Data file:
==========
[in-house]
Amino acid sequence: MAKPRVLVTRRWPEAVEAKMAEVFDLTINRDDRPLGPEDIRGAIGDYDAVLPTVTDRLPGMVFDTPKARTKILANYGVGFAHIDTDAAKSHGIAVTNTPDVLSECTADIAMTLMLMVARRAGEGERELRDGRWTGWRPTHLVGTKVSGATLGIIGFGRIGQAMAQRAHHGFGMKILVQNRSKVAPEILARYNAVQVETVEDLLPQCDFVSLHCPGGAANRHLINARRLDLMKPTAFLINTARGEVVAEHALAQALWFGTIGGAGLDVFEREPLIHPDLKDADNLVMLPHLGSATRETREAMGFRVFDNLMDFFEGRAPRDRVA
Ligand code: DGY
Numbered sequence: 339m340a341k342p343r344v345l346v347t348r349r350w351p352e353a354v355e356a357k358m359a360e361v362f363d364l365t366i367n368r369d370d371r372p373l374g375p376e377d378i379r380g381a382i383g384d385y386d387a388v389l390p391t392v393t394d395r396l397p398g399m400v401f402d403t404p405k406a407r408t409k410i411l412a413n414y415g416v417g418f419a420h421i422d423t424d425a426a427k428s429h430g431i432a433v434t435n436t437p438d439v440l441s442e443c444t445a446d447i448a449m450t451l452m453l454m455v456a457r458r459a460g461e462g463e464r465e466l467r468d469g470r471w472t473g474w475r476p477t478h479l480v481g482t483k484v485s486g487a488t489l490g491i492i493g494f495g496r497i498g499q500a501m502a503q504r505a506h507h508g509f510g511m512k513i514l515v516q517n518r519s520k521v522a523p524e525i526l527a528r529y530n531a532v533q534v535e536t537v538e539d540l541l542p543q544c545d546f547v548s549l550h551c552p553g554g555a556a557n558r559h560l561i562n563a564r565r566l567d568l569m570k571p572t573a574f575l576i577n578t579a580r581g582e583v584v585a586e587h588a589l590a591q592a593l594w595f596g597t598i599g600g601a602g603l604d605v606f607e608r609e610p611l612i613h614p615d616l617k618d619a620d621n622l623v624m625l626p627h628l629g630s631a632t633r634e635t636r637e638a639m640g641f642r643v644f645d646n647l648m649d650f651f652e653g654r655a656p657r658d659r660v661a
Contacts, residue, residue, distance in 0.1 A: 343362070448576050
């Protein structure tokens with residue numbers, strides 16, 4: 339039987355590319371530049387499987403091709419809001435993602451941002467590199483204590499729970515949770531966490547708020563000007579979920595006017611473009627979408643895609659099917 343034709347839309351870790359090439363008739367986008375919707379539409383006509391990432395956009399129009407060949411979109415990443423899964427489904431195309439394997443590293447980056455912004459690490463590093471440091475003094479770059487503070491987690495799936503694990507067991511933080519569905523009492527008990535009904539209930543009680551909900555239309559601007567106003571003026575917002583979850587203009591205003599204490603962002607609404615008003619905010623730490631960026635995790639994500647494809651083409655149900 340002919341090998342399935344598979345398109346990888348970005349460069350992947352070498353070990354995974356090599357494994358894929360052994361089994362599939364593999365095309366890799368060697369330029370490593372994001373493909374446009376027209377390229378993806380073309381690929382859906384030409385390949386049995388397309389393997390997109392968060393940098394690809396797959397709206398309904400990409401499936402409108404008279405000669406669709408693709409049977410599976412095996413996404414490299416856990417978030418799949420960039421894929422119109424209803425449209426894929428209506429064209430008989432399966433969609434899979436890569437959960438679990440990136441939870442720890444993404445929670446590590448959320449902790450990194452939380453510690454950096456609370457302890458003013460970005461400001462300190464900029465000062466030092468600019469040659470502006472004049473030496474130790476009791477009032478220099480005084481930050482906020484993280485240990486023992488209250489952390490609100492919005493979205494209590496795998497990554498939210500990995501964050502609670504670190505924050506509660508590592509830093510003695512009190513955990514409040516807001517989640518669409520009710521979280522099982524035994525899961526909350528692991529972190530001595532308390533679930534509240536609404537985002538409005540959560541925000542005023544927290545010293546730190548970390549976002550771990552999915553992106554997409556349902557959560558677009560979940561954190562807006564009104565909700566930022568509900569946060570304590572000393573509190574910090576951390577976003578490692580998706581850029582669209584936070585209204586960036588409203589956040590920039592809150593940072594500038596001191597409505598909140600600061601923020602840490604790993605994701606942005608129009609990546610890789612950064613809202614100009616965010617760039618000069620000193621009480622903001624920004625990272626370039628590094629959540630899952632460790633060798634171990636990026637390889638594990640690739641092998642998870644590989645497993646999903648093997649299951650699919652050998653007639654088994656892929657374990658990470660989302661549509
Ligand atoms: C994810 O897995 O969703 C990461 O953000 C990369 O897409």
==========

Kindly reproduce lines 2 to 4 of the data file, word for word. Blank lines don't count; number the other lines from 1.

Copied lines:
Amino acid sequence: MAKPRVLVTRRWPEAVEAKMAEVFDLTINRDDRPLGPEDIRGAIGDYDAVLPTVTDRLPGMVFDTPKARTKILANYGVGFAHIDTDAAKSHGIAVTNTPDVLSECTADIAMTLMLMVARRAGEGERELRDGRWTGWRPTHLVGTKVSGATLGIIGFGRIGQAMAQRAHHGFGMKILVQNRSKVAPEILARYNAVQVETVEDLLPQCDFVSLHCPGGAANRHLINARRLDLMKPTAFLINTARGEVVAEHALAQALWFGTIGGAGLDVFEREPLIHPDLKDADNLVMLPHLGSATRETREAMGFRVFDNLMDFFEGRAPRDRVA
Ligand code: DGY
Numbered sequence: 339m340a341k342p343r344v345l346v347t348r349r350w351p352e353a354v355e356a357k358m359a360e361v362f363d364l365t366i367n368r369d370d371r372p373l374g375p376e377d378i379r380g381a382i383g384d385y386d387a388v389l390p391t392v393t394d395r396l397p398g399m400v401f402d403t404p405k406a407r408t409k410i411l412a413n414y415g416v417g418f419a420h421i422d423t424d425a426a427k428s429h430g431i432a433v434t435n436t437p438d439v440l441s442e443c444t445a446d447i448a449m450t451l452m453l454m455v456a457r458r459a460g461e462g463e464r465e466l467r468d469g470r471w472t473g474w475r476p477t478h479l480v481g482t483k484v485s486g487a488t489l490g491i492i493g494f495g496r497i498g499q500a501m502a503q504r505a506h507h508g509f510g511m512k513i514l515v516q517n518r519s520k521v522a523p524e525i526l527a528r529y530n531a532v533q534v535e536t537v538e539d540l541l542p543q544c545d546f547v548s549l550h551c552p553g554g555a556a557n558r559h560l561i562n563a564r565r566l567d568l569m570k571p572t573a574f575l576i577n578t579a580r581g582e583v584v585a586e587h588a589l590a591q592a593l594w595f596g597t598i599g600g601a602g603l604d605v606f607e608r609e610p611l612i613h614p615d616l617k618d619a620d621n622l623v624m625l626p627h628l629g630s631a632t633r634e635t636r637e638a639m640g641f642r643v644f645d646n647l648m649d650f651f652e653g654r655a656p657r658d659r660v661a